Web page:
And no, that’s not a joke. Patrick Reiley, owner of the newly formed logistics company Blue Ascension, testified that Jones hired him in 2016 “to help him and his father maintain good health and be a model of wellness.” Reiley’s responsibilities progressed to include “handling issues as they arose” and acting as a go-between for people who wanted to get in touch with Jones.

When shit was about to blow up with the damage suits, Jones came to Reiley with a business opportunity. How would Reiley like to hire Jones transportation employees to do the exact same job but for an outside entity? What if Jones invested the warehouse space and equipment rent-free?

“Sweeeeeeet, dude,” we imagine he replied, while making the hang ten sign. And that’s how FSS came to eliminate their shipping responsibilities for the books. Additionally, Jones handed over a personal check for $400,000 the day before Reiley testified. LOL!

In the event, Judge López granted the requested relief for a couple of weeks, but promised more supervision and a possible recovery.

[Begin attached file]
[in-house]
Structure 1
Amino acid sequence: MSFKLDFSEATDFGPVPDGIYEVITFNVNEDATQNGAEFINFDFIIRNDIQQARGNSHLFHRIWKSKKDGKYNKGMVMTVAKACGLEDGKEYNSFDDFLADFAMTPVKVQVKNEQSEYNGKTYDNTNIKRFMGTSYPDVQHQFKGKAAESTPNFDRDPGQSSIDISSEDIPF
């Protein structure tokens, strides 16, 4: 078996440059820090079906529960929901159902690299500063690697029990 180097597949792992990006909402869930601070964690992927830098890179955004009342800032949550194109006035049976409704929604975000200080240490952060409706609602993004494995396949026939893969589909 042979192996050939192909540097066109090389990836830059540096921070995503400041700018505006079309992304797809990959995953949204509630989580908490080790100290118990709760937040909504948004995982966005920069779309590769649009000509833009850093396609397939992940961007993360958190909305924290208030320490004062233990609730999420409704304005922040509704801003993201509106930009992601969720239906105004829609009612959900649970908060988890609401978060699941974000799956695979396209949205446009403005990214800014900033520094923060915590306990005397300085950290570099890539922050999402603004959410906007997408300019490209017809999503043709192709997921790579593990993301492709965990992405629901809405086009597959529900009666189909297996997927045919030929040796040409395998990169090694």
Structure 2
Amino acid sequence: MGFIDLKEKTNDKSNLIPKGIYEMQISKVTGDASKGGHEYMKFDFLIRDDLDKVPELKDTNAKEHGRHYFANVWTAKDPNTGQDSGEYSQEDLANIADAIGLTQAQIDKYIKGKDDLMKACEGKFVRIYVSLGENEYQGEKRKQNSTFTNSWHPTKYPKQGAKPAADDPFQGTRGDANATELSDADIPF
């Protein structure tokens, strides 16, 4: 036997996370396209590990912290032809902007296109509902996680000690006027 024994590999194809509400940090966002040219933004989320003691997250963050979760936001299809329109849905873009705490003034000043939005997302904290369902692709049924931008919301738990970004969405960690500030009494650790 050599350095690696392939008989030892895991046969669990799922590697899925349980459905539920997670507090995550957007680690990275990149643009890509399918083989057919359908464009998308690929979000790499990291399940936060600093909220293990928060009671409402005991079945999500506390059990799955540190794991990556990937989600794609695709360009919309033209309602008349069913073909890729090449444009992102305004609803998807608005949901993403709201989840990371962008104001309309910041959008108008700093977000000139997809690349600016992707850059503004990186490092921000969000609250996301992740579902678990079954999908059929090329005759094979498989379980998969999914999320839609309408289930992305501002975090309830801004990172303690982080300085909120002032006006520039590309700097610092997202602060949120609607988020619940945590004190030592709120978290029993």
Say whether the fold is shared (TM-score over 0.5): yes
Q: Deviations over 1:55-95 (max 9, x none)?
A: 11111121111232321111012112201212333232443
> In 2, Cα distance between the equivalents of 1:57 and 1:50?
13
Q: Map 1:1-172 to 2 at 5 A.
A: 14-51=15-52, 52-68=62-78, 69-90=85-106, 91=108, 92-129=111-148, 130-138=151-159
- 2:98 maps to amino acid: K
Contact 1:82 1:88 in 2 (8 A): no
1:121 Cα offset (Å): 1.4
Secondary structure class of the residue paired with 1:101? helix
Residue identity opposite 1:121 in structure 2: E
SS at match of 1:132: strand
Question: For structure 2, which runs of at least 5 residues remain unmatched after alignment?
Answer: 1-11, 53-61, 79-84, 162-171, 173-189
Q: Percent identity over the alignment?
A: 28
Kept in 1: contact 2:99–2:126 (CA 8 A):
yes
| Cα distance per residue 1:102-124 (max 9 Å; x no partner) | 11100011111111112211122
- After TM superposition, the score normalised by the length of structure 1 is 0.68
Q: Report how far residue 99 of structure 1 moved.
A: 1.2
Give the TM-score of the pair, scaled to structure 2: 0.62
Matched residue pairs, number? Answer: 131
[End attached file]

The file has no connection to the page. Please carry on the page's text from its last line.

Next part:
Then on Monday, Jones got some bad news from US Bankruptcy Judge Julie Manning in Connecticut, who remanded the Connecticut plaintiffs’ Sandy Hook defamation lawsuit to state court. That means the big trial with more than a dozen plaintiffs may continue as scheduled next month against Jones alone.

“On multiple occasions, Plaintiffs have had to bring their claims in the United States District Court for the District of Connecticut, the United States Bankruptcy Court for the Southern District of Texas, and this Court. During jury selection and just weeks before the trial begins in Connecticut Superior Court, Plaintiffs were involuntarily transferred to this Court,” the court wrote, pointing to years of delaying filings by Jones and his companies. “Plaintiffs’ claims are set to be tried in Connecticut Superior Court. If the return does not occur, the damage to the Plaintiffs far outweighs any possible damage to FSS.”